Material Removal

Other tasks that are also crucial to production can be handled by cobots. For example, material removal by robots is needed for any process that involves filling moulds. These cobots can assess the moulded piece and take care of trimming any excess metal or plastic without damaging the part or subjecting human workers to the risk of injury.

Meanwhile, cobots fitted with dispensing tools and hardware can be used to add glue or other adhesives, while cobots fitted with a sanding kit from the UR+ platform can be used to polish pieces for a bright, smooth finish.

Cobots are growing in presence and popularity mostly due to an increasingly budget-friendly price tag, easier programming which reduces implementation and training time, and safety qualities. With these factors in place, cobots are expected to be major contributors to the growth of manufacturing, assembly and other industries.

Article by James McKew, Regional Director Asia-Pacific, Universal Robots

 

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Teradyne Appoints New President Of Universal Robots

Teradyne Appoints New President Of Universal Robots

Teradyne, Inc. has announced that Kim Povlsen has been appointed President of Universal Robots. Povlsen, brings global executive leadership from a high-tech and commercial perspective and will lead Universal Robots’ next stage of growth and innovation. Kim begins his new role at Universal Robots on March 1, 2021.

“I am delighted to introduce Kim Povlsen as the new President of Universal Robots” said Greg Smith, President of Teradyne’s Industrial Automation Group, and acting President of Universal Robots.

“Kim combines a fantastic track record as a dynamic executive with a background in and a tremendous passion for robotics. With Kim on board, Universal Robots is poised to strengthen its leadership in the global market for collaborative robotics. With Kim’s leadership, we can accelerate the growth in new applications and market growth for cobots.”

Kim has held various executive business and technology leadership roles at Schneider Electric, a global energy management and automation company. Most recently, he served as Vice President, Strategy & Technology, responsible for the technology strategy and execution within a multi-billion dollar global organization. Kim lives in Aarhus, Denmark, and holds a master’s degree in Computer Science & Embedded Engineering from the University of Southern Denmark.

“I have been impressed with Universal Robots for some time” said Kim. “To me, the company represents the pinnacle of innovation and potential and I was thrilled to be approached for this unique leadership role. The company not only pioneered the category of collaborative robots, created an ecosystem of partner technology solutions and a vast global distribution network to serve customers in their varied industrial automation needs, it also has the potential to fundamentally reshape automation across the global economy. I really look forward to working with, learning from and being part of the great people at Universal Robots.”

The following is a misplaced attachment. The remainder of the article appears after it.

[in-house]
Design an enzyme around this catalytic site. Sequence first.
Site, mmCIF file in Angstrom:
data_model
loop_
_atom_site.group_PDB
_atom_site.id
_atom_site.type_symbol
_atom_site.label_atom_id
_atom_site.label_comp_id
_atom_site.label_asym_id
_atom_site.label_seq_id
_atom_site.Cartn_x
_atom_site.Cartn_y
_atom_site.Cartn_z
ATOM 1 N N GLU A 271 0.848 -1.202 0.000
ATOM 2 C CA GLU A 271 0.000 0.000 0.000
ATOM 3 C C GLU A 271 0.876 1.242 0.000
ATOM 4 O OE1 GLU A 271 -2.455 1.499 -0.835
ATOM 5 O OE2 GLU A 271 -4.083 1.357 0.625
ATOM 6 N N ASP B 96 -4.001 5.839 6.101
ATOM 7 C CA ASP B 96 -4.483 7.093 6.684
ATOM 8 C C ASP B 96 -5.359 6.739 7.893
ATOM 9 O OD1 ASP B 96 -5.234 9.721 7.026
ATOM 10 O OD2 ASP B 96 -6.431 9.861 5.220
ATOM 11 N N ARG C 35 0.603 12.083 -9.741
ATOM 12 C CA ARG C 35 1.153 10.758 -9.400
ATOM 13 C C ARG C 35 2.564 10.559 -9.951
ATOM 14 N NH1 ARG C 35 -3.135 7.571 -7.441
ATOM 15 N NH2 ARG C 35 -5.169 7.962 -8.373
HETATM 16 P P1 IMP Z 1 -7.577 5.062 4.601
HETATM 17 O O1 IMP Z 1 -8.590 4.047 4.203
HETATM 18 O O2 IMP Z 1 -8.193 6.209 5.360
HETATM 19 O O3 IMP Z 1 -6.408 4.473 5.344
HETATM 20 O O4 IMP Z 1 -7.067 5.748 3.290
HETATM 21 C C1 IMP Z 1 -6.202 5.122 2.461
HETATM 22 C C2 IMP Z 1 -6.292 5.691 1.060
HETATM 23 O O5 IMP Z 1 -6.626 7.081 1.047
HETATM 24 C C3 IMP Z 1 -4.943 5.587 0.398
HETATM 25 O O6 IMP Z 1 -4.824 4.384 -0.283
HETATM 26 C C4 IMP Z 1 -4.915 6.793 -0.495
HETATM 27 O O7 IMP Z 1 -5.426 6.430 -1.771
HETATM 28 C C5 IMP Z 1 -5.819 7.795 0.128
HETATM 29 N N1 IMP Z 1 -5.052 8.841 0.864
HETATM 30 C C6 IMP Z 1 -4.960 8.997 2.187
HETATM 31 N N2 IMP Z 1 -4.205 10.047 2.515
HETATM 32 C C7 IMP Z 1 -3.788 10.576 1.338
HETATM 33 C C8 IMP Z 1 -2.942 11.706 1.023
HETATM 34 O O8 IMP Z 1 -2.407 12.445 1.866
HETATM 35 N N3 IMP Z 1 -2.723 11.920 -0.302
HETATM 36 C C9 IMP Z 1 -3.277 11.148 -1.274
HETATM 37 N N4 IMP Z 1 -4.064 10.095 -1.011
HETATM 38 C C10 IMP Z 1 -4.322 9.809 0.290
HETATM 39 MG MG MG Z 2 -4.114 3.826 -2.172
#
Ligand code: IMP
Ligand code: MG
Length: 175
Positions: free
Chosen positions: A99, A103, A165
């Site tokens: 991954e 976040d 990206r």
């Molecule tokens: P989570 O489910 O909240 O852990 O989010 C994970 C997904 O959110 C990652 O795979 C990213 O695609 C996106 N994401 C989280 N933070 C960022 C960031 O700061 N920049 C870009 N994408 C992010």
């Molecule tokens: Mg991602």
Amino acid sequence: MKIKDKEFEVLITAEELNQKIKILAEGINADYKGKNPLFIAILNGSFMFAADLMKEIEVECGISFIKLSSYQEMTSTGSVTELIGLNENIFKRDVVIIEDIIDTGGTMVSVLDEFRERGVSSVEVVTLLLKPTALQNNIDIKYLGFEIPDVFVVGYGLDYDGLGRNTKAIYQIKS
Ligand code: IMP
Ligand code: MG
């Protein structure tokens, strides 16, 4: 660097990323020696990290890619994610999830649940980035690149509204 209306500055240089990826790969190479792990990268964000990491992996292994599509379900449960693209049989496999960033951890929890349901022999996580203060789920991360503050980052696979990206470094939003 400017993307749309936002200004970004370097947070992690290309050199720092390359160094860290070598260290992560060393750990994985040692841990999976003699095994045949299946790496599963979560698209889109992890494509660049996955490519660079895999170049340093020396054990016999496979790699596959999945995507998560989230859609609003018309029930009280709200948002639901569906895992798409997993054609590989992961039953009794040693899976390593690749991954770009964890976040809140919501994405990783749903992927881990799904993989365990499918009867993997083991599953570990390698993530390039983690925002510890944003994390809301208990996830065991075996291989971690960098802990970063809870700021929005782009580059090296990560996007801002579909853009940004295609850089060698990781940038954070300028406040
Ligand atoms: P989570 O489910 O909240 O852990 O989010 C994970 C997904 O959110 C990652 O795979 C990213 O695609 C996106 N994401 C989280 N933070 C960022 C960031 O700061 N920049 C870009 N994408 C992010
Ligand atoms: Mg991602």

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Universal Robots Reaches Industry Milestone With 50,000 Collaborative Robots Sold

Universal Robots Reaches Industry Milestone With 50,000 Collaborative Robots Sold

Collaborative robots – or cobots – remain the fastest growing segment of industrial automation, projected to grow during 2021 – 2026 at a CAGR of 45.45 percent in Asia Pacific. Cobot market pioneer Universal Robots (UR) solidified its frontrunner position today by selling the 50,000th UR cobot, which was purchased by a German manufacturer to enable higher productivity and better employee safety.

The 50,000th cobot came in a special delivery as Jürgen von Hollen, president of Universal Robots, personally handed over the cobot to VEMA technische Kunststoffteile GmbH and VEMA Werkzeug- und Formenbau GmbH located in Krauchenwies-Göggingen, Germany, at a ceremony held at VEMA.

“We have worked very hard in the past 15 years to develop an entirely new market segment with a mission to enable especially small- and medium sized companies to automate tasks they thought were too costly or complex,“ says von Hollen, emphasizing how UR has created a new global distribution network, a new ecosystem of developers, and ultimately a completely new business model. “As a pioneer in this market, we put a lot of work into creating awareness, influencing standards, and changing customers’ perceptions influenced by their experience of traditional robots.”

Von Hollen noted that VEMA GmbH is a great example of UR’s mission realised: “VEMA was looking for a cost-effective, flexible, easy-to-use automation solution they could implement, program and manage on their own. They found exactly that in the UR cobot.”

 

Cobots enhance both productivity and quality

VEMA’s new collaborative robot will join a fleet of three other UR cobots already deployed in pick and place tasks in end-of-line applications at the company.

Christian Veser, managing director at VEMA GmbH, is thrilled to be the recipient of the milestone cobot and explains how the cobots have enabled the company to add a third shift, now operating around the clock. “We have enhanced our productivity remarkably and also achieved better quality,” he says. “Our employees are freed from ergonomically straining work to focus on quality testing. In navigating Covid-19 challenges, it has also been a great advantage that the cobots don’t need to keep a safety distance or undergo quarantine. They can always work,” says Veser, adding that his company appreciates the cobots so much that they gave them names.